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    I think there are many automated systems in the stock market which could be manipulated directly via a cyber attack, no need to loop humans into it via fake news to cause major harm – user2813274 Nov 27 '18 at 15:37
  • @user2813274 Such systems often are linked to social media (news based trading), so spreading fake news could well cause major fluctuations, especially if, say, a state leader helped to make them public and the HFT systems act upon it immediately with no human intelligence to stop them in time. Another point to consider is that it's very difficult to determine whether such situations were the result of malicious actors or poor programming as the algorithms are usually industrial secrets - it took the SEC the best part of 5 months to track down the cause of the May 6th 2010 Flash Crash. – MrLore Nov 28 '18 at 15:39
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Yes. The Russian government appears to be using attacks to destabilise the Ukraine - for some years now.

There's a well researched Wired article that has a lot of details:

https://www.wired.com/story/russian-hackers-attack-ukraine/

Then there's also NotPetya (which, you may remember, got a little out of hand):

https://www.wired.com/story/notpetya-cyberattack-ukraine-russia-code-crashed-the-world/

  • Comments are not for extended discussion; this conversation has been moved to chat. – Rory Alsop Nov 28 '18 at 15:04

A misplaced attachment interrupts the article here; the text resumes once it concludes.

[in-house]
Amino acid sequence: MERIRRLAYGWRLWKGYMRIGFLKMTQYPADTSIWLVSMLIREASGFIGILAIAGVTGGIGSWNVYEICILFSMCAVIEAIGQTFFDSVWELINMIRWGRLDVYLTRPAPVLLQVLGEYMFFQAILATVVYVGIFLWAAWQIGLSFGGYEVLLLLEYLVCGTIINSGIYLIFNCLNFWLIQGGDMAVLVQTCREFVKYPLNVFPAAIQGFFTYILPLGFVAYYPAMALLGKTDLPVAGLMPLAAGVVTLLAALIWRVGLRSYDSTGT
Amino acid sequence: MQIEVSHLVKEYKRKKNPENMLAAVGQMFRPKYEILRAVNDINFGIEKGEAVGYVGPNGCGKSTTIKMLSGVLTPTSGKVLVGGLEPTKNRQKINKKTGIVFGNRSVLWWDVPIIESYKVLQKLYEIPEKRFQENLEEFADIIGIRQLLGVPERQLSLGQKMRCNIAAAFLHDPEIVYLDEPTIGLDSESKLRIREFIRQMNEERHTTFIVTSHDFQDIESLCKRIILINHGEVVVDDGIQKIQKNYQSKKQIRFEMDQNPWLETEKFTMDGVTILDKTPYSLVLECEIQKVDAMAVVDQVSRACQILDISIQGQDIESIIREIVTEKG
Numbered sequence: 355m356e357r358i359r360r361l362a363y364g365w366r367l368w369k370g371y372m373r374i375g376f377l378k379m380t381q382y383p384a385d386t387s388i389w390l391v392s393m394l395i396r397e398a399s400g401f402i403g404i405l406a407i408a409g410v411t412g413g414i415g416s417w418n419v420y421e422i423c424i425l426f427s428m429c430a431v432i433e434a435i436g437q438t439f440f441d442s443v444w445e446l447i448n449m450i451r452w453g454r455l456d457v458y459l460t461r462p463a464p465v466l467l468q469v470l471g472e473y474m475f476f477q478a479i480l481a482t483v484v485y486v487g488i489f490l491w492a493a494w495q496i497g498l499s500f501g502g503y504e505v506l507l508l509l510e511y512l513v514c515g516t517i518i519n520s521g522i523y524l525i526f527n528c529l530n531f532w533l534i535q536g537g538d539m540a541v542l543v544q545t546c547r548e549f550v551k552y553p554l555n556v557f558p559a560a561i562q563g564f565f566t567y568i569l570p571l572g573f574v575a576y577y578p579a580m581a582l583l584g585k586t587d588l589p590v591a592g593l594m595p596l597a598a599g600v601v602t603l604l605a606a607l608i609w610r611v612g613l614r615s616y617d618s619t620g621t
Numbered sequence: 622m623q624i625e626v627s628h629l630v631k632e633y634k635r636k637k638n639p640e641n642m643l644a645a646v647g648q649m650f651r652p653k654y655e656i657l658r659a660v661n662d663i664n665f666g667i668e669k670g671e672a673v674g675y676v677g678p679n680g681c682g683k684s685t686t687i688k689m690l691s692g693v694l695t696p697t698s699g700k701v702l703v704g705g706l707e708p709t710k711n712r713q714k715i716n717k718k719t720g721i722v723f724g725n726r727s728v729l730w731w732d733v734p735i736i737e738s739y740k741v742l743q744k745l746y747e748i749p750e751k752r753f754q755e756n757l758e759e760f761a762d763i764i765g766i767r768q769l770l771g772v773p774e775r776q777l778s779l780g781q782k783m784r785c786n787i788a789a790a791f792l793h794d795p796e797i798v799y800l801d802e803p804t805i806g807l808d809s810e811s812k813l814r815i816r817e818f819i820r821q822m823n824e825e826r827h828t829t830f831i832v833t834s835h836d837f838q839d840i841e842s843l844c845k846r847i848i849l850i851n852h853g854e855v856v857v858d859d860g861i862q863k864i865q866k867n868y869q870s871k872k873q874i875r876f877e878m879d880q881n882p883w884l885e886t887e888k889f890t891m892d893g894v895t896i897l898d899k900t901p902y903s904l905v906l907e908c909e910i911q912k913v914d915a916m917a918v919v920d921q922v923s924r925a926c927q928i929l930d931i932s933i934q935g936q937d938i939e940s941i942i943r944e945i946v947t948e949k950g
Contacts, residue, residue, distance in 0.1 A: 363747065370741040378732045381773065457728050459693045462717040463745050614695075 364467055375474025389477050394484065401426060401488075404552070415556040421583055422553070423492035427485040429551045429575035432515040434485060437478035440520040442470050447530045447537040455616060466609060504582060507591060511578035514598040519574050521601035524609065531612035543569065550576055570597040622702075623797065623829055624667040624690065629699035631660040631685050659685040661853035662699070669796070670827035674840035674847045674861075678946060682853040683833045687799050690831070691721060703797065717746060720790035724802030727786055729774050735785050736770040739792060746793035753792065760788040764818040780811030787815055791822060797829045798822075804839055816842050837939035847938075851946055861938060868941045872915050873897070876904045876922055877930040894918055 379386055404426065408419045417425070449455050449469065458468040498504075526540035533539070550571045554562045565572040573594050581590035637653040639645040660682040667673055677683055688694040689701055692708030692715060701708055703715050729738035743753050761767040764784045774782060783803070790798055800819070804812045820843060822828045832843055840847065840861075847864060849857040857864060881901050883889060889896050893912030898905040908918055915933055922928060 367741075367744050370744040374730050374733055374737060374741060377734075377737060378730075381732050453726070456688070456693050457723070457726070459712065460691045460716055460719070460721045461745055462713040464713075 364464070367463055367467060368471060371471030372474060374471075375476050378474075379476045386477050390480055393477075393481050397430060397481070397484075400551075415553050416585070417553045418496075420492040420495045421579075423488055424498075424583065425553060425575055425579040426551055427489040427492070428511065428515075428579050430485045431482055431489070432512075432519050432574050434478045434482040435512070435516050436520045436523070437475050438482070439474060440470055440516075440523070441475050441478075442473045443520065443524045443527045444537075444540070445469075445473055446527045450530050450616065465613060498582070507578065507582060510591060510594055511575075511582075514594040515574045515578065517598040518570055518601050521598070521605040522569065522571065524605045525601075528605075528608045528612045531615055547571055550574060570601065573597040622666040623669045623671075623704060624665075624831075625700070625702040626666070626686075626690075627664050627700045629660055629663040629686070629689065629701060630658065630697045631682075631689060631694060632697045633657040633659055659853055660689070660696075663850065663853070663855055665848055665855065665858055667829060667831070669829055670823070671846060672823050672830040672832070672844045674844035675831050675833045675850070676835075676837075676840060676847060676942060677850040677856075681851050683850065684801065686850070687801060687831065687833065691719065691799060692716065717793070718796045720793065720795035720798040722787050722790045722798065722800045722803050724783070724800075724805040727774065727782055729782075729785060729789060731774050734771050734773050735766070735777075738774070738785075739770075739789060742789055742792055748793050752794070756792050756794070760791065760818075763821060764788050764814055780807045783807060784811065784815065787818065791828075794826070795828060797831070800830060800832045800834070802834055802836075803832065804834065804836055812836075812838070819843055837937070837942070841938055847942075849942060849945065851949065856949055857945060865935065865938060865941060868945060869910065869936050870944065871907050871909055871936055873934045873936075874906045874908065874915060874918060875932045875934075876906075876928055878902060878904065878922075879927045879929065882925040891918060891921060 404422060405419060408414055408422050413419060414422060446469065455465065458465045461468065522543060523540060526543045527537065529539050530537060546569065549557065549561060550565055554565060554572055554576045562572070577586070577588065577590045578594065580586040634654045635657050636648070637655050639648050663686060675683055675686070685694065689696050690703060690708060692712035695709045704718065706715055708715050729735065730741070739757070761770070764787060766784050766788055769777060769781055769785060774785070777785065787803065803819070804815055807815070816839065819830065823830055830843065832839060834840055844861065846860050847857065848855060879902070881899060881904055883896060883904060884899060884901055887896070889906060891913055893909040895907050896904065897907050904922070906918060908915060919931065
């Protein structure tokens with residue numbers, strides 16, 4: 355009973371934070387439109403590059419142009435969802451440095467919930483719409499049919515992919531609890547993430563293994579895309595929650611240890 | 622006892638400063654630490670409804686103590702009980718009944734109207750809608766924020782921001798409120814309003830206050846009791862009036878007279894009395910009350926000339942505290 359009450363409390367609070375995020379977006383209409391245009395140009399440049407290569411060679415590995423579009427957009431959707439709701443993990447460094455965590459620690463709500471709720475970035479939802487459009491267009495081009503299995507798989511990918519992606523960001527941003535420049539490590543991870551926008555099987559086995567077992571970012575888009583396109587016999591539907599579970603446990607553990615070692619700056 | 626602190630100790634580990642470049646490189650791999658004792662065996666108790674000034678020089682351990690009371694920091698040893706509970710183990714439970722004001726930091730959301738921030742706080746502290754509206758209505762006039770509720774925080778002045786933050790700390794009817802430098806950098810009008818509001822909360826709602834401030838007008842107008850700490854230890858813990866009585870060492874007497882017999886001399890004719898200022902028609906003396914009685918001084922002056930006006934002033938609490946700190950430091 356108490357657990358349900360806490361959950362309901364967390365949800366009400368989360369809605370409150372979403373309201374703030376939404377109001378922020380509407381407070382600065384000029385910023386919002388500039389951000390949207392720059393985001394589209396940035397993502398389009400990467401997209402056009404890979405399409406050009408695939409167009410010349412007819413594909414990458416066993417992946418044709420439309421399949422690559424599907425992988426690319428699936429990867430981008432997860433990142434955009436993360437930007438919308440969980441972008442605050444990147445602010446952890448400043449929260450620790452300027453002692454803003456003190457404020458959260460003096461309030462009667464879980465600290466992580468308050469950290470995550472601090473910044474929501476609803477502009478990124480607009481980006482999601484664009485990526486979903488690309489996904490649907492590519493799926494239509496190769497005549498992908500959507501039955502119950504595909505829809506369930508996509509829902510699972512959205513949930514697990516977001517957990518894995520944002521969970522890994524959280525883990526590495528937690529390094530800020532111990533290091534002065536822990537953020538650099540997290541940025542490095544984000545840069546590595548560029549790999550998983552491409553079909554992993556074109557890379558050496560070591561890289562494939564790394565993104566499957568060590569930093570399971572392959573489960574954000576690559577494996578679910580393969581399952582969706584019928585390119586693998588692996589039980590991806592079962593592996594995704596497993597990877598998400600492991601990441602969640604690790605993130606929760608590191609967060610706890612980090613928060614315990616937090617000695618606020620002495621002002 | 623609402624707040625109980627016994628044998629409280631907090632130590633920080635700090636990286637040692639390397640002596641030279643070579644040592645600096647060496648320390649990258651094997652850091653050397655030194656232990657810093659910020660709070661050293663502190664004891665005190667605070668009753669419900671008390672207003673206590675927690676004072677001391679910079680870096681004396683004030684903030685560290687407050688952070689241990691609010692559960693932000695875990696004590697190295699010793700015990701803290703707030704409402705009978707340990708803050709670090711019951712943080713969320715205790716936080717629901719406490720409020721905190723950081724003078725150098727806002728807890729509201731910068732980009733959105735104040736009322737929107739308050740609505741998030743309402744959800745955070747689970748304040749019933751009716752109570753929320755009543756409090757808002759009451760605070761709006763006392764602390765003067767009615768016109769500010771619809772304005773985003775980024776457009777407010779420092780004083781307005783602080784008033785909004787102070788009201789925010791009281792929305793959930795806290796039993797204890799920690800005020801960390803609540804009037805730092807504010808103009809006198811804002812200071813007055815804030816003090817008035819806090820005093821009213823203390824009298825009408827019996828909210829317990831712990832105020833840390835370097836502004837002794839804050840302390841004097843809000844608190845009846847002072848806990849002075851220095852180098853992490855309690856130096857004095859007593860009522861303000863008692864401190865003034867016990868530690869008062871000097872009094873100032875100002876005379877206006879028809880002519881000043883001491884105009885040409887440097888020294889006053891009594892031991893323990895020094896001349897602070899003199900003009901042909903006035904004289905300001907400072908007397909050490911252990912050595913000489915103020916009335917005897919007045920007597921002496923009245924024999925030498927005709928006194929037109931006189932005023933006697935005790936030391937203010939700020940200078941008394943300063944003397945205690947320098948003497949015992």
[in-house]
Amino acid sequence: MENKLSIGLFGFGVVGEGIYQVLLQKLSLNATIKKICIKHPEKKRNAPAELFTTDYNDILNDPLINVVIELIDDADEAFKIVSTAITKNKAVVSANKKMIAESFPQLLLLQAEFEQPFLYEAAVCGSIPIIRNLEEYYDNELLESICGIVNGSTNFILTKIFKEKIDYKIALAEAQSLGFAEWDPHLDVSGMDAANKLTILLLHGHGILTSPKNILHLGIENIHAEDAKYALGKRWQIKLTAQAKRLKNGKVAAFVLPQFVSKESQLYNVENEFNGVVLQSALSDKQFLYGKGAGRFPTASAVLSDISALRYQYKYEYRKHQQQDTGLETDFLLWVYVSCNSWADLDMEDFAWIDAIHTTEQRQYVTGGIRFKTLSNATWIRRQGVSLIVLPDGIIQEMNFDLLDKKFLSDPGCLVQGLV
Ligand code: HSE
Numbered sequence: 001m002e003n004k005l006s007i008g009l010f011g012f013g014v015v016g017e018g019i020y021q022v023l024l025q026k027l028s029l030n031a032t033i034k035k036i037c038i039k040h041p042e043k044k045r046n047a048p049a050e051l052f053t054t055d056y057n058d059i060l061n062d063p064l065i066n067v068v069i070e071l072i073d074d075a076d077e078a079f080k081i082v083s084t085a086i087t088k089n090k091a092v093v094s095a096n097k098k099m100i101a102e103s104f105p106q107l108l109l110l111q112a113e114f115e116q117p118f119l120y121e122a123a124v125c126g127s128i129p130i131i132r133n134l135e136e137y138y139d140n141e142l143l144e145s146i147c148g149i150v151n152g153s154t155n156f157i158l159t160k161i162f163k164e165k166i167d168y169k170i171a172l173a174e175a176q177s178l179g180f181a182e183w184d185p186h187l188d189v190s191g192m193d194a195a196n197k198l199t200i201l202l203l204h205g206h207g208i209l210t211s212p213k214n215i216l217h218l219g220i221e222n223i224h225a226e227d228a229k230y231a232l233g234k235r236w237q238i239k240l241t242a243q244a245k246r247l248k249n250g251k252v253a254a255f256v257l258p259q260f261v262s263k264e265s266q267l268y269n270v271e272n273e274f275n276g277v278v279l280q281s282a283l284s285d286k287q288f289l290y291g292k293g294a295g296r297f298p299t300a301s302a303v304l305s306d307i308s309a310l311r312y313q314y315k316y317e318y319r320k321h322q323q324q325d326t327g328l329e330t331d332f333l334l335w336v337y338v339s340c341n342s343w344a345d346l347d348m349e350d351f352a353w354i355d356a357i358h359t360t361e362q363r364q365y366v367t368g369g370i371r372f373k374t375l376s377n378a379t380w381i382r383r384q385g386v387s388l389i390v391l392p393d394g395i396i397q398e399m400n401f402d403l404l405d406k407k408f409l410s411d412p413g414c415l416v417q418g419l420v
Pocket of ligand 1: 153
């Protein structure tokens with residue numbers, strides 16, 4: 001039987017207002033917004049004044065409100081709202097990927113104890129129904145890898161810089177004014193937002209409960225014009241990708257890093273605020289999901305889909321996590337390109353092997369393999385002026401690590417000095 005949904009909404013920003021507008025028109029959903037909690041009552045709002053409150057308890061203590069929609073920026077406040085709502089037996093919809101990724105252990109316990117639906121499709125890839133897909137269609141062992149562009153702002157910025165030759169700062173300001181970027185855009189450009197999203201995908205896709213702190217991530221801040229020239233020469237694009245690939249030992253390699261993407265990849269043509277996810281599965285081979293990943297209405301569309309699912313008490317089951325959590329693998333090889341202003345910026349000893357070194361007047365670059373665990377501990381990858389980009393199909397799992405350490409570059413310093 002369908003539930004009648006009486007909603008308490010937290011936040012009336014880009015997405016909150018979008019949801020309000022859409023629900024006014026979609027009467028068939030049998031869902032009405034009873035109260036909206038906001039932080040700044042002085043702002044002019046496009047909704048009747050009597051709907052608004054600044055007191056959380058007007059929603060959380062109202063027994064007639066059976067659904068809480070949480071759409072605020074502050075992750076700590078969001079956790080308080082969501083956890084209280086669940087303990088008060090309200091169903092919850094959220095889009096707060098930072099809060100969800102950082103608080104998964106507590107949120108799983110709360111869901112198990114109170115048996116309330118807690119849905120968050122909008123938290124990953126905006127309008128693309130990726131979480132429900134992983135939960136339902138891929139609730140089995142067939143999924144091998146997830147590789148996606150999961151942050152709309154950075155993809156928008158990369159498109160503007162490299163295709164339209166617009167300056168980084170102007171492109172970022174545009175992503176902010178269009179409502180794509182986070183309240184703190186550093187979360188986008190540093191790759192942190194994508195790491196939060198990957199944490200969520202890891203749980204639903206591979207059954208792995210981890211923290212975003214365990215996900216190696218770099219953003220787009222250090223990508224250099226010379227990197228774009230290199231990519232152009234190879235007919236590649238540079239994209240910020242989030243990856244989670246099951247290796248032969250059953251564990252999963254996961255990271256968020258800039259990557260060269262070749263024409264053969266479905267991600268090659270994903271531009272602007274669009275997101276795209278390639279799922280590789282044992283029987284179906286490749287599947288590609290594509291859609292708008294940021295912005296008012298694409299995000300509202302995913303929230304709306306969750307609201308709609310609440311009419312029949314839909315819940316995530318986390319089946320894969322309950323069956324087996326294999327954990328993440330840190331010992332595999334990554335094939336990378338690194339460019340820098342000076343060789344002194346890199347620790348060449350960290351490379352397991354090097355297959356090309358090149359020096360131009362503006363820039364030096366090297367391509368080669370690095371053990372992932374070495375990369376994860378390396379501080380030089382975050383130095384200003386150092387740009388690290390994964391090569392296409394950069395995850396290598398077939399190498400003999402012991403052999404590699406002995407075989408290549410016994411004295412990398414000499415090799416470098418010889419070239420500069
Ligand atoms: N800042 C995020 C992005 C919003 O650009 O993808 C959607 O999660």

• Hm, missed the edit time. Further, I may have been guilty of 'unthinking racism', as I was perhaps guilty of using the common trope of conflating the 'country' with 'the country's gov't'. As I say, it was not my intention, and perhaps I should be a bit more careful making such statements on the internet in future. – Ian Nov 29 '18 at 14:16
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I cannot quantify for you, but it can certainly be said that strategic cyber-warfare is increasingly feasible - with whole swathes of vital national infrastructure now completely dependent on digital integrity. It could be argued that the feasibility of strategic cyber-warfare is increasing with exponential.

Especially so with the emergence of everyday devices which are becoming 'too smart for their own good'. They may become pawns in future warfare, especially if these devices are connected to high bandwidth. Home security is about to take on a whole new dimension.

A newish example (and possibly being forcefully deployed in an area near you) is the 'smart meter'. https://www.information-age.com/smart-metres-vulnerable-cyber-attacks-123470837/

Some intelligence agencies appear (on the surface) to be very wary of the vulnerabilities this can introduce, and rightly so.